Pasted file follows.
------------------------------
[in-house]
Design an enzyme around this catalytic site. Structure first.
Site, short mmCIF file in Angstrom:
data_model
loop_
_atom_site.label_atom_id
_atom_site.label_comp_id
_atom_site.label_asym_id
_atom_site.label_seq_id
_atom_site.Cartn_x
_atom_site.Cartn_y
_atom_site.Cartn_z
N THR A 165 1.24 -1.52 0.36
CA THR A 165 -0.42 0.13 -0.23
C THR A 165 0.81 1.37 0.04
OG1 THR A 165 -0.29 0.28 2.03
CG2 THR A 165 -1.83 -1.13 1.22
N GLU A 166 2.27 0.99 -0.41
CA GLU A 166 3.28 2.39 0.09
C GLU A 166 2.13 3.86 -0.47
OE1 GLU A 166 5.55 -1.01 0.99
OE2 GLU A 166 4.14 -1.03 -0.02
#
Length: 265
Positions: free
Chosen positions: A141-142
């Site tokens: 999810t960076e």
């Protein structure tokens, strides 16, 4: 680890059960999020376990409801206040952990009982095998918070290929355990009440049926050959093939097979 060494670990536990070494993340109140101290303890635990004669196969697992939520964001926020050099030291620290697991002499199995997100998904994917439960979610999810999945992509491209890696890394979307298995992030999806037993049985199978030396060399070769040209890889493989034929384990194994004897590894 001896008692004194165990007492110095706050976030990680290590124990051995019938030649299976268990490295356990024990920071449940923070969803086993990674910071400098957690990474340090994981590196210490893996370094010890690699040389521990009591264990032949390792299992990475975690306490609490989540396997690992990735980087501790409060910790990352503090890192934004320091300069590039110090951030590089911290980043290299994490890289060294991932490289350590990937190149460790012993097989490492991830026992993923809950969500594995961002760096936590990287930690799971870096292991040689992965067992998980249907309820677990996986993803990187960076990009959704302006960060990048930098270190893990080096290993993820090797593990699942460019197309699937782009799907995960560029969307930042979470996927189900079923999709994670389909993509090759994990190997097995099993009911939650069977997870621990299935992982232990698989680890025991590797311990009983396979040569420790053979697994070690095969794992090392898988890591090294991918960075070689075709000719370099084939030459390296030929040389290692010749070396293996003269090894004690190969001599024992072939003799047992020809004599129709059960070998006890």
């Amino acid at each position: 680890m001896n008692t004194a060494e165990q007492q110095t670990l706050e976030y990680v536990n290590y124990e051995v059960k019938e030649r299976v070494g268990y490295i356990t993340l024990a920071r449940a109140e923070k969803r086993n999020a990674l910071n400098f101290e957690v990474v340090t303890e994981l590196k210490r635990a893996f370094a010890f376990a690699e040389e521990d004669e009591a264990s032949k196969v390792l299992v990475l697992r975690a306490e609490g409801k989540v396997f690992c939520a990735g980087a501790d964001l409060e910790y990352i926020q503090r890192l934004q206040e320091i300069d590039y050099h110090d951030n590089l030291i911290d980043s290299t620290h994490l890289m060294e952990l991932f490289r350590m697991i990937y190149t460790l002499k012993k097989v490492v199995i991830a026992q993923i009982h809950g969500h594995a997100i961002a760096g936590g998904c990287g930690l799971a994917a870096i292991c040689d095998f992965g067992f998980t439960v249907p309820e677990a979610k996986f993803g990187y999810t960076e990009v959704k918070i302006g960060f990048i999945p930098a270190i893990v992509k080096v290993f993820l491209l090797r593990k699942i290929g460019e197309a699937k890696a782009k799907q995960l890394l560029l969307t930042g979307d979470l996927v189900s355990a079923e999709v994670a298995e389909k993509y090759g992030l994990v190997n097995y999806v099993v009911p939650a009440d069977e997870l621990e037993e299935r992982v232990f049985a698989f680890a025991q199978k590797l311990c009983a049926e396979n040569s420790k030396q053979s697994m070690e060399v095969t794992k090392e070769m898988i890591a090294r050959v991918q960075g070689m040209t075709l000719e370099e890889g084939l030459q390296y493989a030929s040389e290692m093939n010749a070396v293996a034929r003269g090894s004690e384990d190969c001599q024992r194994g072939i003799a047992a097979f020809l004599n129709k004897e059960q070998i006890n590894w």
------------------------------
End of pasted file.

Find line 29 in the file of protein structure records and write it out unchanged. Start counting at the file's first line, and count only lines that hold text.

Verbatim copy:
């Amino acid at each position: 680890m001896n008692t004194a060494e165990q007492q110095t670990l706050e976030y990680v536990n290590y124990e051995v059960k019938e030649r299976v070494g268990y490295i356990t993340l024990a920071r449940a109140e923070k969803r086993n999020a990674l910071n400098f101290e957690v990474v340090t303890e994981l590196k210490r635990a893996f370094a010890f376990a690699e040389e521990d004669e009591a264990s032949k196969v390792l299992v990475l697992r975690a306490e609490g409801k989540v396997f690992c939520a990735g980087a501790d964001l409060e910790y990352i926020q503090r890192l934004q206040e320091i300069d590039y050099h110090d951030n590089l030291i911290d980043s290299t620290h994490l890289m060294e952990l991932f490289r350590m697991i990937y190149t460790l002499k012993k097989v490492v199995i991830a026992q993923i009982h809950g969500h594995a997100i961002a760096g936590g998904c990287g930690l799971a994917a870096i292991c040689d095998f992965g067992f998980t439960v249907p309820e677990a979610k996986f993803g990187y999810t960076e990009v959704k918070i302006g960060f990048i999945p930098a270190i893990v992509k080096v290993f993820l491209l090797r593990k699942i290929g460019e197309a699937k890696a782009k799907q995960l890394l560029l969307t930042g979307d979470l996927v189900s355990a079923e999709v994670a298995e389909k993509y090759g992030l994990v190997n097995y999806v099993v009911p939650a009440d069977e997870l621990e037993e299935r992982v232990f049985a698989f680890a025991q199978k590797l311990c009983a049926e396979n040569s420790k030396q053979s697994m070690e060399v095969t794992k090392e070769m898988i890591a090294r050959v991918q960075g070689m040209t075709l000719e370099e890889g084939l030459q390296y493989a030929s040389e290692m093939n010749a070396v293996a034929r003269g090894s004690e384990d190969c001599q024992r194994g072939i003799a047992a097979f020809l004599n129709k004897e059960q070998i006890n590894w």